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The Rise and Fall of California's Radical Prison Movement (Book Review)

This is a history of the California prison movement from 1950 to 1980, focusing on San Quentin state prison and highlighting the role that prison reading and writing played in the creation of radical prisoner ideology in those years. This was an extraordinary era in California prisons, one that saw the emergence of a highly developed radical convict resistance movement inside the walls. Cummins examines writers like Chessman, Eldridge Cleaver, George Jackson, the Black Panthers, Black Muslims and the Symbionese Liberation Army and Black Guerrilla Family. Also described are how outside activists became involved in building the prison movement and how prisoner's books were able to reach far beyond prison walls to influence opinion, events and policy.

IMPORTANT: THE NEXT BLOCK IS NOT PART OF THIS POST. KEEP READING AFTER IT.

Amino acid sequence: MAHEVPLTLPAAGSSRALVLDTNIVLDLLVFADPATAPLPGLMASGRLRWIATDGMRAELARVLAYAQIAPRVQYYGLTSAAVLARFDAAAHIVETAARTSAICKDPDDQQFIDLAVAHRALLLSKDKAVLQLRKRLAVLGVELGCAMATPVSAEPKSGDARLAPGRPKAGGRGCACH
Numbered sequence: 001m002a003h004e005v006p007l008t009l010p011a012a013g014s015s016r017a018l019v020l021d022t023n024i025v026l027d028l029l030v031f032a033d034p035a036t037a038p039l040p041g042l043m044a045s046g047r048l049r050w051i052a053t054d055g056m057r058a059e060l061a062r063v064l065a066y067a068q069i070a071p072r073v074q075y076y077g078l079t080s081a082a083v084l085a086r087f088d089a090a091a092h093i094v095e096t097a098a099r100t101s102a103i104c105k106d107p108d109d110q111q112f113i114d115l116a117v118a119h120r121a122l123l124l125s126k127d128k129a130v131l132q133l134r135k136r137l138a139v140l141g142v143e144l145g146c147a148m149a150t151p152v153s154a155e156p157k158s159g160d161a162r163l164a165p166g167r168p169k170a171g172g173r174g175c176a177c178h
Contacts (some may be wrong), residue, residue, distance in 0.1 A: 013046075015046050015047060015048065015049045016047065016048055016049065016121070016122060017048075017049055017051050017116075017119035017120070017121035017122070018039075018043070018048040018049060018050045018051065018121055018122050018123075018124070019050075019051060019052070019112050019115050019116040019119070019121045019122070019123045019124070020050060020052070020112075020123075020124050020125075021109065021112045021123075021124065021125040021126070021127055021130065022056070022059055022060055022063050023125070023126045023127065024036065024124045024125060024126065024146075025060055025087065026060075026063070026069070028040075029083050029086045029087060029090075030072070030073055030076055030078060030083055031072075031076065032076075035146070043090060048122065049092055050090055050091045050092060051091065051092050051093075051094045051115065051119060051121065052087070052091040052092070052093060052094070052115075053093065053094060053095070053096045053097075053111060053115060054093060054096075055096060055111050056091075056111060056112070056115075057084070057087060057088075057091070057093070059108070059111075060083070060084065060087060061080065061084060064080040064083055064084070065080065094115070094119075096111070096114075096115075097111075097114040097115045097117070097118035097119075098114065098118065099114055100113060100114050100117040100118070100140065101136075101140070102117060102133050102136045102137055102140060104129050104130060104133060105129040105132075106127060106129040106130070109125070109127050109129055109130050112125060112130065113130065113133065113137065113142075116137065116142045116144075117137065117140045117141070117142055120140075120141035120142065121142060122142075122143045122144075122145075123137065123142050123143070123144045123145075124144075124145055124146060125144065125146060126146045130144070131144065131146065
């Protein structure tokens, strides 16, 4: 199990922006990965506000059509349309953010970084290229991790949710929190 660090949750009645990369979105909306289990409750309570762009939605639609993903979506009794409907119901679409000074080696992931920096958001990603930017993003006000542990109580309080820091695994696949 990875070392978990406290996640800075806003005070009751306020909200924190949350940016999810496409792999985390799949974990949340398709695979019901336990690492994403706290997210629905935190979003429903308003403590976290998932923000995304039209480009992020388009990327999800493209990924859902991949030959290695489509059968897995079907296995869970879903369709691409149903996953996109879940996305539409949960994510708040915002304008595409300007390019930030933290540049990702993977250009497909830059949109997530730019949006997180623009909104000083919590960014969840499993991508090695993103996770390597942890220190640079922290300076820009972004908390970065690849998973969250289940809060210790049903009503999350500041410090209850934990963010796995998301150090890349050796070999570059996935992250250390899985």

While the book is interesting we feel it has some shortcomings, namely it ascribes the collapse of the California prison movement to it being too radical rather than to repression by the state, the overall retreat of progressive movements with the Vietnam war being won by the Vietnamese, etc. A rebuttal pointing out these fallacies in greater detail than we can run here in PLN has been written by Marti Hiken, Director of the NLG's Prison Law Project and should definitely be read by anyone who gets this book. The rebuttal was printed in Prison News Service, send them $1.00 and ask for that issue (address on page 20 of PLN). Basically, we think Cummins's book is interesting but draws the wrong conclusions. People can read it and make up their own minds. It is available for $16.95 (paper) $45.00 (hard), ISBN 0-8047-2232-3, from: Stanford University Press, Stanford, CA 94305-2235. (415) 723-9434.

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